30 November 2018
The Junction, Cambridge

New York City has produced countless iconic bands in decades past from The Ramones to The Strokes, the list is ever-growing. The latest outfit to emerge who are really starting to make their mark globally are Sunflower Bean, a trio of uber-cool young musicians whose recent album ‘Twentytwo in Blue’, released earlier this year, is receiving widespread acclaim. This week their world tour wound its way to Cambridge and The Junction.

Since forming in 2013 Sunflower Bean have released two albums and shows with The Vaccines and Wolf Alice have helped introduce them to the UK market. They have become familiar with the Brits thirst for rock and tonight they were willing to deliver. An eager Cambridge Friday night crowd were ready to receive.

Lead vocalist and bass player Julia Cumming greets the Cambridge crowd, a lively bunch, with the invitation “Do you want to rock Cambridge?" They respond and scream in unison “Yeah!” (and not ‘Hell Yeah’ a response Sunflower Beam may be more familiar with in the States!). As they open their set, Julia takes the stage in her dazzling silver boots sporting a glamorous royal-blue country and western shirt, while drummer Jacob Faber beams with a grin that lights up the venue. Meanwhile guitarist Nick Kivlen, dressed in what can only be described as silk pyjamas, comes across as a kind of kangaroo/astronaut hybrid bouncing and gliding with ease. Nick spends the duration of the gig springing around the stage sprinkling arpeggios and ear-melting licks into the mix without ever missing a beat - he might be wearing pyjamas, but that boy can certainly play.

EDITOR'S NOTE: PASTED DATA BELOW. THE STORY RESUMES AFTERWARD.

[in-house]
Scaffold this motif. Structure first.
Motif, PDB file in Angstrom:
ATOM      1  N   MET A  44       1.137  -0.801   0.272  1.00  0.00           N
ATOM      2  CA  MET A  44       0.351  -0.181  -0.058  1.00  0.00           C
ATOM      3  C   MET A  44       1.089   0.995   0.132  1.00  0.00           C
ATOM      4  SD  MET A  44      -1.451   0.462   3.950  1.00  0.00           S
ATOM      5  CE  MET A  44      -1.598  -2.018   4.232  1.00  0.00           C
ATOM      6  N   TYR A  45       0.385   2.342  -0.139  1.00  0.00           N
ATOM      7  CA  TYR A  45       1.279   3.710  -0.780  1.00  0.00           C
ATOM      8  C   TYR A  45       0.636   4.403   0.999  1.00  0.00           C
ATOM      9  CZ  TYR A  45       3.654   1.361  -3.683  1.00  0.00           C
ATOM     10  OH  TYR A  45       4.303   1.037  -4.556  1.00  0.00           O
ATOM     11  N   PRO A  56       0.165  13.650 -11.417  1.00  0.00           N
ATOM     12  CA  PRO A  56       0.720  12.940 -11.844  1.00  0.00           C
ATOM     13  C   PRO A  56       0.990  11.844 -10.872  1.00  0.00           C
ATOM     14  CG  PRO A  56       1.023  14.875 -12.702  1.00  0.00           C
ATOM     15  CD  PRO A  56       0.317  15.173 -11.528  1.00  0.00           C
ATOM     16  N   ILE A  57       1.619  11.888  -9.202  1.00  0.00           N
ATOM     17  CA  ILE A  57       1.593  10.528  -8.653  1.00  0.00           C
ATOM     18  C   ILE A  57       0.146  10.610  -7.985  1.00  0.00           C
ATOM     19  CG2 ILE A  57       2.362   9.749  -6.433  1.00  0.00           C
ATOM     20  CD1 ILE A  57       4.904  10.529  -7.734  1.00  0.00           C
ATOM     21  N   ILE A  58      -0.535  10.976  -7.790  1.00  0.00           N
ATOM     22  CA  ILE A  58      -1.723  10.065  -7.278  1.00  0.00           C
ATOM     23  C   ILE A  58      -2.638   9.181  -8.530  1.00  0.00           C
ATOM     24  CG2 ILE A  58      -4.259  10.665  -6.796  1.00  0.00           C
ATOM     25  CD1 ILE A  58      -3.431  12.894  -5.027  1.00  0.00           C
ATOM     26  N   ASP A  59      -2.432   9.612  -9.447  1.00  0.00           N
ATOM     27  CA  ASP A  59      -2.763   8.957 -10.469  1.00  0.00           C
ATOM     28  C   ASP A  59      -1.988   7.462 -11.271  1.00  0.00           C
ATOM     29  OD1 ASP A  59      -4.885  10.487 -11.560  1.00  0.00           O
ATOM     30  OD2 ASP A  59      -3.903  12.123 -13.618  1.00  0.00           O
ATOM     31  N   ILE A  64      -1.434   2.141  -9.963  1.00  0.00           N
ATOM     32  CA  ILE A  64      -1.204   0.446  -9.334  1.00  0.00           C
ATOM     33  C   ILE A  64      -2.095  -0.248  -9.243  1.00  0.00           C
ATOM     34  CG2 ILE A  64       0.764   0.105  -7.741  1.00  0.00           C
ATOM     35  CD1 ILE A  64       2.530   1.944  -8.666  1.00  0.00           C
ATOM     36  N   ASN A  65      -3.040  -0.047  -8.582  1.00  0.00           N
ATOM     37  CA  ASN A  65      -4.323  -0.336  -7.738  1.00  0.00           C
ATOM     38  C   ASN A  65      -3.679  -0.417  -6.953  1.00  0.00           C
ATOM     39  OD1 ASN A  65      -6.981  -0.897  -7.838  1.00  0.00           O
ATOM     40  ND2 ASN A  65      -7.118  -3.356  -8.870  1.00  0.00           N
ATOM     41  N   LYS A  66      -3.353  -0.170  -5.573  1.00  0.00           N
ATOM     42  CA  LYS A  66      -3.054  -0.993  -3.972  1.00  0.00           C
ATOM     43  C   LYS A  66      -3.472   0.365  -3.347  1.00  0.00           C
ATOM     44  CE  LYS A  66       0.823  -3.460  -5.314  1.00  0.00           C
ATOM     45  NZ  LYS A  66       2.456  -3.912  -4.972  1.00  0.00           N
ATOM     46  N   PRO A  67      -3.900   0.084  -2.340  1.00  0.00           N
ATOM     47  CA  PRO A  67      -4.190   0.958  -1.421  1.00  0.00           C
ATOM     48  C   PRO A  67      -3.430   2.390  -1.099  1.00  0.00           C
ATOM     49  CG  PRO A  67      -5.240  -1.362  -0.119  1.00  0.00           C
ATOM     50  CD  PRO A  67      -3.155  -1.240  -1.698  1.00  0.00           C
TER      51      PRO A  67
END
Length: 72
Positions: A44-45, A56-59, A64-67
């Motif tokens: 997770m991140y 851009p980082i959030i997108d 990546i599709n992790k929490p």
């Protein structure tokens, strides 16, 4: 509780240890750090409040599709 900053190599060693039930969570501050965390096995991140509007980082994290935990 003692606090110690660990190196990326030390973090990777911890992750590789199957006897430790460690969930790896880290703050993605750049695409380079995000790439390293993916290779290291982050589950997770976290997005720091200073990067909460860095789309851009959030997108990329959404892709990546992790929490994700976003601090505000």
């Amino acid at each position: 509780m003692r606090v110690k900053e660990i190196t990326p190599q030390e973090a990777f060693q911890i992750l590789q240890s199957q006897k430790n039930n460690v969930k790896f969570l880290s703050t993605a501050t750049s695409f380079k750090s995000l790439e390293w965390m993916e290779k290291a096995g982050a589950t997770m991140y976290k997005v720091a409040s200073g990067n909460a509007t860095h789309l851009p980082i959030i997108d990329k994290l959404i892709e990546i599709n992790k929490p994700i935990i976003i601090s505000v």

“We’re gonna play rock music all night!” announces Julia, launching into ‘Burn It’, from the new album. The record is foot-stomping and defiant, a reflection on the duality of living in Trump-era America, and the smaller picture of life and self-discovery as someone in their early 20s. Both aspects are showcased equally. As they continue with ‘Crisis Fest’, an explicit comment on current affairs and 70s infected ‘Twentytwo’ a pristine ode to youth, the Cambridge crowd are loving it.

Julia’s transformation as frontwoman is impressive. Once a shy and reserved character, according to reports, tonight she commands the stage with the confidence of a leader and engages with the audience between songs at every opportunity. At one point she hangs up the bass guitar and with mic in hand leaps into the crowd straight over the front barrier to get down and dirty with the Cambridge mosh pit. “What do you do at the end of the day? Gave you my heart and you walked away,” she soars over guitar-shredding highlight ‘Puppet Strings’ as green lasers and strobe lights entice the spirit of rock and roll from within the rapturous crowd.

Sonically, the group make 70s psychedelia with a noughties indie edge. ‘2013’ bristles, ‘Tame Impala’ fuzzes, ‘I Was Home’ has a gnarly Black Keys feel to it, and of course the Fleetwood Mac comparisons had to come from somewhere - funky and downbeat, ‘I Was A Fool’ could be a lost cut from Rumours. Their stage presence is electrifying, Julia and guitarist Nick repeatedly locking axes during mind-melting solos while beat master drummer Jacob – and his dodgy Mexican moustache – brings up the rear. Simply an unforgettable ninety-minute set of rock ‘n’ roll glamour. All hail Sunflower Beam! The rock gods shine brightly upon you.

Words and Pix : Dan Sly
Thanks to Thom at Sonic PR for fixing things up.